Upon skimming through the 2016 UK Budget, there are lot of interesting points of discussion (at least to me), however, one of the most interesting on this first read through is the Lifetime ISA, which makes a debut in April 2017. For anyone who is not from the UK, an ISA is an “individual savings account” and presents the average British saver with a tax-free savings vehicle. Various ISAs are structured in different ways.
The immediate thing that stands out here is that the UK Government is promising British citizens up to 1,000 British Pounds yield on savings of 4,000 Pounds. That’s 25%! This sounds like fantastic news for the average citizen- so why does this yield scare me senseless?
Well, put simply, there is no such thing as arbitrage (risk-free yield). Finance majors with a heavy academic slant, will of course argue the contrary: What about Triangular Arbitrage? High-Frequency Trading? Put simply, if you think you’ve found an arbitrage opportunity, you either aren’t fully understanding the risks (yet) or you are talking about something with a very low risk to reward ratio- which of course, may not remain in place for very long.
Anyway, armed with this information, it should be obvious to even the most basic investor that sitting on a low-risk investment which returns 25% per annum is quite literally too good to be true. This sounds like the financial equivalent of the UK Govt. promising everyone an elixir of eternal youth. Or maybe the equivalent of one of those shady web ads. offering an investment strategy which is “guaranteed to turn you into an overnight millionaire!”
So where’s the catch? It’s easy enough to make make a 37% return swing-trading a volatile asset, over a month or two (and I have), but the explicit understanding is that there are serious risks assumed in doing so and the losses can mount up faster than the gains. Anyway, I’ll discuss the risks and likely aims and risks of this investment scheme below:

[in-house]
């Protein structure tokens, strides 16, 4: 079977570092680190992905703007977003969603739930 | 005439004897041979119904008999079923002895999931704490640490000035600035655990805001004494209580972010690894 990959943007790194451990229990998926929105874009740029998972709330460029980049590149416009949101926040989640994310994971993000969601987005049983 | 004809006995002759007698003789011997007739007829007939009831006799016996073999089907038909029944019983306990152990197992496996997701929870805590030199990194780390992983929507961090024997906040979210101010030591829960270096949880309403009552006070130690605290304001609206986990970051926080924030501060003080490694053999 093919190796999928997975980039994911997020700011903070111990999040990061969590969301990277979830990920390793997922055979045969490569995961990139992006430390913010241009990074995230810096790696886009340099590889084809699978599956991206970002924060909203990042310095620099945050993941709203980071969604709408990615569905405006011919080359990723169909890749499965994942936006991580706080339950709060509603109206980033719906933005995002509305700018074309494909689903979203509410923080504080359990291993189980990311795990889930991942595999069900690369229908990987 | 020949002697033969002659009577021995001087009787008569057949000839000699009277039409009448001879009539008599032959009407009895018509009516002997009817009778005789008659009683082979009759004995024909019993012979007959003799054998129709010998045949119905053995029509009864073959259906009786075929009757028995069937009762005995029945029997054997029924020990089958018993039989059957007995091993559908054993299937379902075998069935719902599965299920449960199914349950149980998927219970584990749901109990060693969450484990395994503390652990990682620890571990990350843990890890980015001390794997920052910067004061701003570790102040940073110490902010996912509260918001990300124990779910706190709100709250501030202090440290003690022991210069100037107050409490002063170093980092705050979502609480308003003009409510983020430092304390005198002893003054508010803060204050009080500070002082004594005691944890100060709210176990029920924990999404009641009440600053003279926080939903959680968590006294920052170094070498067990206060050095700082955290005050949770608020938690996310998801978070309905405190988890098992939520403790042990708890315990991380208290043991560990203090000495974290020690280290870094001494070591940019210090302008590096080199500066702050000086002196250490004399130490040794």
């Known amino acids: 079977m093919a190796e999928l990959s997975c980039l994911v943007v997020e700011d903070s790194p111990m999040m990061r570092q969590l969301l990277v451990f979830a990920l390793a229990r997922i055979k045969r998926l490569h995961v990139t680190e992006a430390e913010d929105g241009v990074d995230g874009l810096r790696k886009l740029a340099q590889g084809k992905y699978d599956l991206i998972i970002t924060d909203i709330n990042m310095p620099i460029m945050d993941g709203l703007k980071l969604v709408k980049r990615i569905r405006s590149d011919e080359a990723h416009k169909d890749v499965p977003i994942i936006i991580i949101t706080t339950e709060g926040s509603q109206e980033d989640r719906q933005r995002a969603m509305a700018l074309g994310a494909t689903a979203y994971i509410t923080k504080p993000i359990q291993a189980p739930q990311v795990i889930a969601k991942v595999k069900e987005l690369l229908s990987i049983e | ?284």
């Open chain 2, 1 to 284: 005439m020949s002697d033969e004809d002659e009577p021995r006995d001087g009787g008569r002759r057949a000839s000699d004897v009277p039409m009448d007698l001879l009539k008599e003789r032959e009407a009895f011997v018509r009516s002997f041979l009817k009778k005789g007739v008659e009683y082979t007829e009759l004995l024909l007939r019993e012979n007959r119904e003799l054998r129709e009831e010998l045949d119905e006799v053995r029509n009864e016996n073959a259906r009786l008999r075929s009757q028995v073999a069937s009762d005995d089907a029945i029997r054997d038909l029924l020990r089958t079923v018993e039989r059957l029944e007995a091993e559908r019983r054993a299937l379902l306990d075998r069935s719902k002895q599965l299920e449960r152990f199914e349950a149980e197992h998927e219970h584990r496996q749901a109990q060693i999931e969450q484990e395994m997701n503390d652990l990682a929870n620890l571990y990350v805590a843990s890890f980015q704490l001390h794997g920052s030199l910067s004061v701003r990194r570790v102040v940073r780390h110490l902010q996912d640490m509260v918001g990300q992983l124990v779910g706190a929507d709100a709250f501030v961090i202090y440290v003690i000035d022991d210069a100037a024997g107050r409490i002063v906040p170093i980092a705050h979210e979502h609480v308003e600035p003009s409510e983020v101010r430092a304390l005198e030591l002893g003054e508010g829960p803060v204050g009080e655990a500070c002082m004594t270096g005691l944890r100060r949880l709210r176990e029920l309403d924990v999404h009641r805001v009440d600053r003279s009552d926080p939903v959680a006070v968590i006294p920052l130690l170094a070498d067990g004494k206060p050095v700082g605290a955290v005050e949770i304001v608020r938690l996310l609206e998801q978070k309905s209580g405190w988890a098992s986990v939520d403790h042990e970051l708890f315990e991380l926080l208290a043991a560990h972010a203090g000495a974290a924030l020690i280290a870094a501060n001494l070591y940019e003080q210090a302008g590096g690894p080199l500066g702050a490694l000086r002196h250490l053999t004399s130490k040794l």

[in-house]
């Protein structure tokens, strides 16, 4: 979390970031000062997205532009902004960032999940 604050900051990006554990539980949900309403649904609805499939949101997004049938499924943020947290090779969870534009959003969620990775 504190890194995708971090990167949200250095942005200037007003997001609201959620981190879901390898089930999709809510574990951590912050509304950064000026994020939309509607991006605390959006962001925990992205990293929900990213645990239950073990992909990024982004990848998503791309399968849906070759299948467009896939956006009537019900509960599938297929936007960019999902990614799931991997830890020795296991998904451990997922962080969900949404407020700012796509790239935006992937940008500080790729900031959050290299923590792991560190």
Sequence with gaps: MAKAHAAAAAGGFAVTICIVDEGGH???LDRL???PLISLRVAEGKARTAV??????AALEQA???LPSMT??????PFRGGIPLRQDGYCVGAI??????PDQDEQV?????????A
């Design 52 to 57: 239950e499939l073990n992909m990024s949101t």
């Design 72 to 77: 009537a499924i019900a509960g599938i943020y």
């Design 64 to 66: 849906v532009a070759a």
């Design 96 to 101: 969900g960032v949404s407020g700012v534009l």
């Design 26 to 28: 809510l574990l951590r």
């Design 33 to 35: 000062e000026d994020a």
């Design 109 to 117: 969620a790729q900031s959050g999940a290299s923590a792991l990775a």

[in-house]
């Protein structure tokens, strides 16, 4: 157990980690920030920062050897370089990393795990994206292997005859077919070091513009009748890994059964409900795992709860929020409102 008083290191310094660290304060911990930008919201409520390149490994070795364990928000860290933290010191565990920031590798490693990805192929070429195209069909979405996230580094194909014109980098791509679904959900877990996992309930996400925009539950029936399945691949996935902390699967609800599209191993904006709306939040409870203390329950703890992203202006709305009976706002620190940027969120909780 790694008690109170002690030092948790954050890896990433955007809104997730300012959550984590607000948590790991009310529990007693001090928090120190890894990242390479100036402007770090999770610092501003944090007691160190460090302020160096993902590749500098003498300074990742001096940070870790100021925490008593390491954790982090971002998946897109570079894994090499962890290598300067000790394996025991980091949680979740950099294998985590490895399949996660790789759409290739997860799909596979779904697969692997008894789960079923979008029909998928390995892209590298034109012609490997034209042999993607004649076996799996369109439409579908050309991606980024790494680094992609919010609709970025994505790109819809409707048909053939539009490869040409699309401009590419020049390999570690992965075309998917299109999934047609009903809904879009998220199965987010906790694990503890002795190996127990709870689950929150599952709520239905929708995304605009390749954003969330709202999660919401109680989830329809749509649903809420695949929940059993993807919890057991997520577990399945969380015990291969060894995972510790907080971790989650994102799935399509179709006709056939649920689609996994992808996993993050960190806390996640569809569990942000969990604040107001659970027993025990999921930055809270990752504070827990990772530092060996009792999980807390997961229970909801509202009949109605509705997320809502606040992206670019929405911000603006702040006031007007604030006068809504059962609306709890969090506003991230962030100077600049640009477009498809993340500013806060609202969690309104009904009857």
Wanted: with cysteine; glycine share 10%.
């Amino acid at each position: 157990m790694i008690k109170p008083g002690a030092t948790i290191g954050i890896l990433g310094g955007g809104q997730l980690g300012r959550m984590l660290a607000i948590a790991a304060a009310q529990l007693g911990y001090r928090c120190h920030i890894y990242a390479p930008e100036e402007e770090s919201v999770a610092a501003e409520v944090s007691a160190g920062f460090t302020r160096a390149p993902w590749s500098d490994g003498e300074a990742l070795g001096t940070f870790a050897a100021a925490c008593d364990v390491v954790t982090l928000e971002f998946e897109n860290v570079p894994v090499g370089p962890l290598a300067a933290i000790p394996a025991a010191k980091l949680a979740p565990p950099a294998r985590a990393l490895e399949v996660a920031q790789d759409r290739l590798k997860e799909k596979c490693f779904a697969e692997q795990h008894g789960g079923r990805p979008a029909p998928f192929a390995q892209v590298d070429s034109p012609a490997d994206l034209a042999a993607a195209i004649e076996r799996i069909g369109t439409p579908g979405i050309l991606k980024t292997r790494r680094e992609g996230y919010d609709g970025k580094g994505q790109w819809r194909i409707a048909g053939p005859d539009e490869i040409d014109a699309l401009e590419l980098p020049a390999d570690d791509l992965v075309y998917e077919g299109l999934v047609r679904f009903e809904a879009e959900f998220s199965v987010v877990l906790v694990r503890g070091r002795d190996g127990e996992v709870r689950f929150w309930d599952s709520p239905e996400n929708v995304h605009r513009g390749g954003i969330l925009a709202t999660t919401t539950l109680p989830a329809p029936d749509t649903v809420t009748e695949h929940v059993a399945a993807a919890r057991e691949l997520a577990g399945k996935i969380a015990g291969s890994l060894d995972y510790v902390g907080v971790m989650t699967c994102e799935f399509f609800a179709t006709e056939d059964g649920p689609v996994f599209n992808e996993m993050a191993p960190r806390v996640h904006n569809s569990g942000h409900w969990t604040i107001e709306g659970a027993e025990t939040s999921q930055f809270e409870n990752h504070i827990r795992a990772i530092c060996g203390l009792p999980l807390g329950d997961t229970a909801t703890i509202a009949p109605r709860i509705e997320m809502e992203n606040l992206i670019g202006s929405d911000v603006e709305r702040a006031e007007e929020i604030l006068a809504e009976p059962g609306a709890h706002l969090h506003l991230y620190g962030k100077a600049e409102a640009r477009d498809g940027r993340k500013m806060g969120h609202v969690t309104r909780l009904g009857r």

What is the purpose of the ISA?
There are likely to be four broad aims with this ISA being floated:
- Recapitalize the banks at a time when banking is quite a weak sector.
- Increase savings rates of individuals in a country which is running out of steam as a global consumer.
- Ween the population off of public pension schemes and ensure they save for their old age (because, like it or not it’s coming and “pensions won’t be there when you get old, pleb.”)
- Shift under-the-mattress cash savings into the electronic banking system.
These are fairly self-explanatory. Nothing more needs to be said here other than the first and last points being heavily related. (See my writings on the global transition to electronic currency here and here.)
So where is the risk?
Well the first two points above highlight potential risks, one directly and one indirectly. Banking is weak, and in any market which is in systematic decline, it stands to reason that not all market participants will emerge unscathed. There is a risk of failure and loss of wealth. This is just a normal function of fractional reserve banking which is an inherently unstable system from a mathematical perspective. To put this into real world context I know a guy who receives a 15% interest rate on several corporate bonds he holds with a local bank. The caveat of course is he is from Argentina, and the bonds were floated (with a short time horizon to buy into them- about 48 hours) during a banking crisis.
The second point is a little more nuanced. The UK has tremendous debts, borne out of its overconsumption (trade deficit) for many years. It is therefore, not outside the real of possibility, that the GBP will face significant devaluation, and perhaps high inflation rates soon. If the rate of inflation post 2017 was to exceed 25% then the real yield on this scheme would be negative. (See here for discussion of sovereign default trajectories and how they relate to inflation.) In short, if the inflation rate per annum (and thus, increase in the basic cost of living) is 26%, then the real yield will be approximately -1%, despite a 25% nominal yield. In other words you are less wealthy at the end of the year despite a 25% yield on that investment!
Far be it from me to question the actuaries and financiers who put this scheme together, but I have to say: the notion of a 25% return for supposedly little work/risk terrifies me. I’ll be looking to protect what little wealth I have before this ISA comes out.